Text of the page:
The Virgin RED entertainment system is very impressive. There are large touch screens which fold out of the arm rest and allow you to browse an extensive list of live TV channels, on demand TV shows, on demand Movies, a large MP3 library (including some great electronic music I wasn’t expecting to find there), games, and more. On the way down I listened to some of the music, and on the way back I watched an anime movie.

The food was excellent. They offer a collection of tapas-like appetizers which were very good. For my dinner I choose a grilled vegetable ravioli with pesto sauce which was absolutely restaurant quality. Service overall was great.

I arrived into SFO on-time and was met in the terminal by my driver, who whisked me down to Palo Alto to the Westin I was staying at. The hotel was nice, and my room was great. However, they didn’t offer shirt pressing or emergency laundry services. Also, no ATM in the hotel, and if you want a cab you have to walk over to the next hotel, their sister hotel the Sheraton, and try to snag one there instead. I unpacked, and then grabbed a cab to head to the pre-StartupSchool meet-and-greet at Y Combinator that evening. I arrived around 8:30, and the place was PACKED. There were hundreds of people there, all talking to each other, which filled the main room with a surreal buzz.

I grabbed a bottle of water, and made myself a name-tag. I didn’t know a soul there, and I’m naturally somewhat introverted at large noisy gatherings like this, so I was a little worried. However, the great thing about this event was that virtually everyone else there A) was in tech, and B) didn’t know many if any other people there. When everyone has a common ground (tech), it’s easy to meet new people and join conversations. “Oh these people are talking about relative strengths and weaknesses of common databases? I can totally contribute to that conversation!”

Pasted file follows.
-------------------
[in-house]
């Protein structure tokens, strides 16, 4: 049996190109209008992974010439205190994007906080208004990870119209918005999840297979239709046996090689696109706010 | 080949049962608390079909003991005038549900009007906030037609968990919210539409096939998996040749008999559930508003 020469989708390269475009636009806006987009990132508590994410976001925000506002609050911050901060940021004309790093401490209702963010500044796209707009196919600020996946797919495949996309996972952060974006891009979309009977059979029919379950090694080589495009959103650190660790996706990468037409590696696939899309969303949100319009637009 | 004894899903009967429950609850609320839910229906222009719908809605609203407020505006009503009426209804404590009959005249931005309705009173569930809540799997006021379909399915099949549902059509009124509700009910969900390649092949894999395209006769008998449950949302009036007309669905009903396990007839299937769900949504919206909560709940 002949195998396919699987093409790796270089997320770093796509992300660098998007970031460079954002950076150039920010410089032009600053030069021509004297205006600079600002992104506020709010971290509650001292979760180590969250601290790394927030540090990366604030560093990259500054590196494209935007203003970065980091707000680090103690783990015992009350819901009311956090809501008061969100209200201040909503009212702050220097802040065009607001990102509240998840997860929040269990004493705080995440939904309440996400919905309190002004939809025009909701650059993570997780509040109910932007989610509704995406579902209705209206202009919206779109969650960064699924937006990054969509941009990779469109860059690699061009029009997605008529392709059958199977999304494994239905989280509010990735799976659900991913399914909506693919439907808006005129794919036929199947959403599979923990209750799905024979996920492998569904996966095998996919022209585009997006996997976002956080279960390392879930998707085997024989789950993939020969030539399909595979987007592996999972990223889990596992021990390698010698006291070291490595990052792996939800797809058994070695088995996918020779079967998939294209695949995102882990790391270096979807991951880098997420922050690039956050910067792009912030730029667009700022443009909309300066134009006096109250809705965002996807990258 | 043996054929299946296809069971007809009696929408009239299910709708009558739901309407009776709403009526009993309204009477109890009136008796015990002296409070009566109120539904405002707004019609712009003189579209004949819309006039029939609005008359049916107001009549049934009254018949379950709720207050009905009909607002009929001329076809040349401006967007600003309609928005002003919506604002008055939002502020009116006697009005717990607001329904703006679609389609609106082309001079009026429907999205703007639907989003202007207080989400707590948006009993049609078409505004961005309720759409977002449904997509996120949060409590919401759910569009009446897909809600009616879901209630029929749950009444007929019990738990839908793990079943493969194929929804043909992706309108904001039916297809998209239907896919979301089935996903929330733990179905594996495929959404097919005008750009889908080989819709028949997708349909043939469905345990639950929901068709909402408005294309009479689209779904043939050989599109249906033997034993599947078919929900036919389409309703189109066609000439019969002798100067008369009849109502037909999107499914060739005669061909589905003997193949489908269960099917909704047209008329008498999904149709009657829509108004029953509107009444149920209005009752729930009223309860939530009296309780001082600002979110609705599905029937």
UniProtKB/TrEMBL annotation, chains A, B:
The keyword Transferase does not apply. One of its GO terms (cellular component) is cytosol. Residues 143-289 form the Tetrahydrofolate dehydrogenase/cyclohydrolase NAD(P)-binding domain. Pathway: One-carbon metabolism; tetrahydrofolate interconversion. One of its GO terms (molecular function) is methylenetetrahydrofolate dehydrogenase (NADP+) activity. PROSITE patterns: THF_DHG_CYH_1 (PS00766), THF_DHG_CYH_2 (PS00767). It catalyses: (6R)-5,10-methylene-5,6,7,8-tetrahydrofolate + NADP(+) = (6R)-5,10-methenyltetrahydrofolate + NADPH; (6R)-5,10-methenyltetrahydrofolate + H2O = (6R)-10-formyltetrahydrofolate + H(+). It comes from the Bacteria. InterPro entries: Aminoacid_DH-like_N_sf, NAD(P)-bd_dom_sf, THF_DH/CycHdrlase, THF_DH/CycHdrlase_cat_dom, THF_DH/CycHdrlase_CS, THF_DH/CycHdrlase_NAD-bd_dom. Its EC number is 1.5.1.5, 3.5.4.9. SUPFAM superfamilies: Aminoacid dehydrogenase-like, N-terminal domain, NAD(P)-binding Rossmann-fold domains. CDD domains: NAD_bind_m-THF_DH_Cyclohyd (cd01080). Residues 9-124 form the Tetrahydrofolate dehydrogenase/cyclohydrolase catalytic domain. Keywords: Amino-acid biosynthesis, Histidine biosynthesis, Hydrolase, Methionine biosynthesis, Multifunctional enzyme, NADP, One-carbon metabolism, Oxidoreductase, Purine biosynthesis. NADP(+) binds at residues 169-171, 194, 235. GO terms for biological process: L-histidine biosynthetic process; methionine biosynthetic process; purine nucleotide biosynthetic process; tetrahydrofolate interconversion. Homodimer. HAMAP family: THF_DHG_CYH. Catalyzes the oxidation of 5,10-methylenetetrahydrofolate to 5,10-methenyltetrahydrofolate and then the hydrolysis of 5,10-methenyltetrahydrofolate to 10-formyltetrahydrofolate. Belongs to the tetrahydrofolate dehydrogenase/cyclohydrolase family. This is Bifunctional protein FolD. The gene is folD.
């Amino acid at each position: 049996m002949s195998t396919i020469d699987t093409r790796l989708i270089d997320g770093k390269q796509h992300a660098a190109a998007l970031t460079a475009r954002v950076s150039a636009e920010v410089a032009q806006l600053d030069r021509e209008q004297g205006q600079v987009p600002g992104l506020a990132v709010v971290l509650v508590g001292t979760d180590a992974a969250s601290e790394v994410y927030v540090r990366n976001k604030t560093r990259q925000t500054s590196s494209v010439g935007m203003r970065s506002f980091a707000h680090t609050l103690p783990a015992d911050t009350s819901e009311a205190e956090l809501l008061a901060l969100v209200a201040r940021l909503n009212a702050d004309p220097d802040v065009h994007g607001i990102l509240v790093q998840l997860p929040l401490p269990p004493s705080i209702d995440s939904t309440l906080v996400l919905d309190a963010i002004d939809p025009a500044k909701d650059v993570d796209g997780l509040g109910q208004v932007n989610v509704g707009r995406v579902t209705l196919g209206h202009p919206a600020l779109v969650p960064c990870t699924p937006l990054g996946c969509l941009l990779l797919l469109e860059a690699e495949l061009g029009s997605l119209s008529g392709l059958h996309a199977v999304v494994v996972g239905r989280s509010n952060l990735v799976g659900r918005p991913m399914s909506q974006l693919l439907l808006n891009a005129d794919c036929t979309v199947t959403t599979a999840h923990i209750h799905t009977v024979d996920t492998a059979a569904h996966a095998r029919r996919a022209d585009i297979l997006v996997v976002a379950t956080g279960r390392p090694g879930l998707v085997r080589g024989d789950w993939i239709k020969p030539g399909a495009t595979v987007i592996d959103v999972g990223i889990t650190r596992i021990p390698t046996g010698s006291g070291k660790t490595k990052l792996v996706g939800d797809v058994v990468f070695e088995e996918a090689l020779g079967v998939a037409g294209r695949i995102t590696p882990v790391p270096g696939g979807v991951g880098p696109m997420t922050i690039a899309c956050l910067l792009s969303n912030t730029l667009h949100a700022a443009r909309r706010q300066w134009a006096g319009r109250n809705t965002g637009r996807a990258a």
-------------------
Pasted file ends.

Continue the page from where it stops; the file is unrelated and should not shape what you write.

I talked with a ton of people and must have given out about 40 business cards. I eventually ran into Paul Tyma, the owner of Mailinator, another temporary e-mail service, similar to 10MinuteMail. Mailinator was around first, so I’m the knock-off:) I actually never even looked to see if any sites like that existed before I built 10MinuteMail. We considered having a knife fight to settle which site was better, but opted instead to hang out and chat for a while.

Some other people/sites I met that night include David Parkinson and his EmptySpaceAds, Tim Robertson, Travis Cross and his OfficeTone, and many many more. Everyone I met was great.

As the last CalTrain left, and the crowd had thinned out considerably, I ended up heading over to Google with Paul, who took me on a late-night tour of the Google HQ.

Google is amazing. Very cool visualization tools, great digs, kitchens and food everywhere, laundry, mailing, etc… Every aspect of the building just screamed “We take care of our employees”. I know there’s lots of cynicism about many of those perks being there to “keep people working longer”, but frankly the whole feel is about making the employee’s life easier and less stressful, not trying to grind them up. All the free stuff is great, and of course every company needs a ball pit. This tour was definitely a highlight of my trip.

I finally made it back to my hotel, and fell asleep around 1 AM.